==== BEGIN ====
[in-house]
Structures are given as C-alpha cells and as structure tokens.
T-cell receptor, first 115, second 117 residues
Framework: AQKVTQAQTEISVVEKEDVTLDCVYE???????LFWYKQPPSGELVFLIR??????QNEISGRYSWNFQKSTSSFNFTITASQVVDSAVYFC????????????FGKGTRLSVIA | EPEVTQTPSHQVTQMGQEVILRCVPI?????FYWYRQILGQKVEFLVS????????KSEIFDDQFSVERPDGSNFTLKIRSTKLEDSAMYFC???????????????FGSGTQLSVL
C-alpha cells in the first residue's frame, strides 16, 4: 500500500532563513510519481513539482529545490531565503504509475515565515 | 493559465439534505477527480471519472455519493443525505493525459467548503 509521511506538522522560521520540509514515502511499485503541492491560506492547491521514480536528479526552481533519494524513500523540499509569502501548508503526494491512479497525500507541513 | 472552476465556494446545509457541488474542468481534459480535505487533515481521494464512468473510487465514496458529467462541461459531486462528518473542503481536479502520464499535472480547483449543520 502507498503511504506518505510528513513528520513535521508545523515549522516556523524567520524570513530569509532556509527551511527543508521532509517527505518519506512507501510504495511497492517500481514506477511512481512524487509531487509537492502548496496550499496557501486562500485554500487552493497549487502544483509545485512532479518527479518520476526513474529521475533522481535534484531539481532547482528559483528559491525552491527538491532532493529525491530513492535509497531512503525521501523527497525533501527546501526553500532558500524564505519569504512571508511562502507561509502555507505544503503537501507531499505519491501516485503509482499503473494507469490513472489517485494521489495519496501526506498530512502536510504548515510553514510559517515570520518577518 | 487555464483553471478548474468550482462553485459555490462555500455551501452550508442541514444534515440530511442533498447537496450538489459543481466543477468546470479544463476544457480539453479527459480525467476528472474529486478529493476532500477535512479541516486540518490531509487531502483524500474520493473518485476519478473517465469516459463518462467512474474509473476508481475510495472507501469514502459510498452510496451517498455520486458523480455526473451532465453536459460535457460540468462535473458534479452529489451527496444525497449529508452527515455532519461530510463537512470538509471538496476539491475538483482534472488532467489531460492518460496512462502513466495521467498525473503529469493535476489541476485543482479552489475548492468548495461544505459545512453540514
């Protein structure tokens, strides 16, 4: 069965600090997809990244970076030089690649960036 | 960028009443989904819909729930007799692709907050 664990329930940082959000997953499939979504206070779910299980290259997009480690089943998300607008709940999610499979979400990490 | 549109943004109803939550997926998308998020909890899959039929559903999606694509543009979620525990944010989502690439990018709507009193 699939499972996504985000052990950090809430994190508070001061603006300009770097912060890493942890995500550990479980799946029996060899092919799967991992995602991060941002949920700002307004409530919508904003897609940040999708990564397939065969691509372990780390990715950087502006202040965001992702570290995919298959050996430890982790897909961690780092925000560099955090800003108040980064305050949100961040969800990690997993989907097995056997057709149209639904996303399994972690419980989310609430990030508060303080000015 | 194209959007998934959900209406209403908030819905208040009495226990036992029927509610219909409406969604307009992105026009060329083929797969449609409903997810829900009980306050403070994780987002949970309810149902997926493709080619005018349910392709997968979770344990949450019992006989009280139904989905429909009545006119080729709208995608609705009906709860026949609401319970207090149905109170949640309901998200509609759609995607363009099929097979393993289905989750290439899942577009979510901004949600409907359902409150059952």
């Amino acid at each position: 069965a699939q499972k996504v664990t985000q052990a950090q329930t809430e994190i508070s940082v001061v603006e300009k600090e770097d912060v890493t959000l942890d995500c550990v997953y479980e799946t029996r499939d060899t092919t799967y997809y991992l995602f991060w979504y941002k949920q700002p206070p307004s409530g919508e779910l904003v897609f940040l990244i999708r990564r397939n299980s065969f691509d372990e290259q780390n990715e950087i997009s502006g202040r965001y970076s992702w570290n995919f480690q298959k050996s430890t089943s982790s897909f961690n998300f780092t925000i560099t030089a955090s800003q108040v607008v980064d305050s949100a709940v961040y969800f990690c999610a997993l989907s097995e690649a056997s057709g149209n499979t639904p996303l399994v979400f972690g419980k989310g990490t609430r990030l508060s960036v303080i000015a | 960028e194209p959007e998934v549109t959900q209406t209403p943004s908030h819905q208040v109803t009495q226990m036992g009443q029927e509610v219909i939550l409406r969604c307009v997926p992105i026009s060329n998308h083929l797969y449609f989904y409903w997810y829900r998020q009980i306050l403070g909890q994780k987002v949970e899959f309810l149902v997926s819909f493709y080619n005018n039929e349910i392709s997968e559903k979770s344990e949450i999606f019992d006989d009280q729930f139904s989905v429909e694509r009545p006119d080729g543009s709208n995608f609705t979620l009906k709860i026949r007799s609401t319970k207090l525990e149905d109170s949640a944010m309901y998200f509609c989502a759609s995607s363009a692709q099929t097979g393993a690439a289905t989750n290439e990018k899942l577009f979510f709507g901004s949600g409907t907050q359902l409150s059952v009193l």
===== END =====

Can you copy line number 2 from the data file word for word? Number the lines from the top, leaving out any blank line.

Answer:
Structures are given as C-alpha cells and as structure tokens.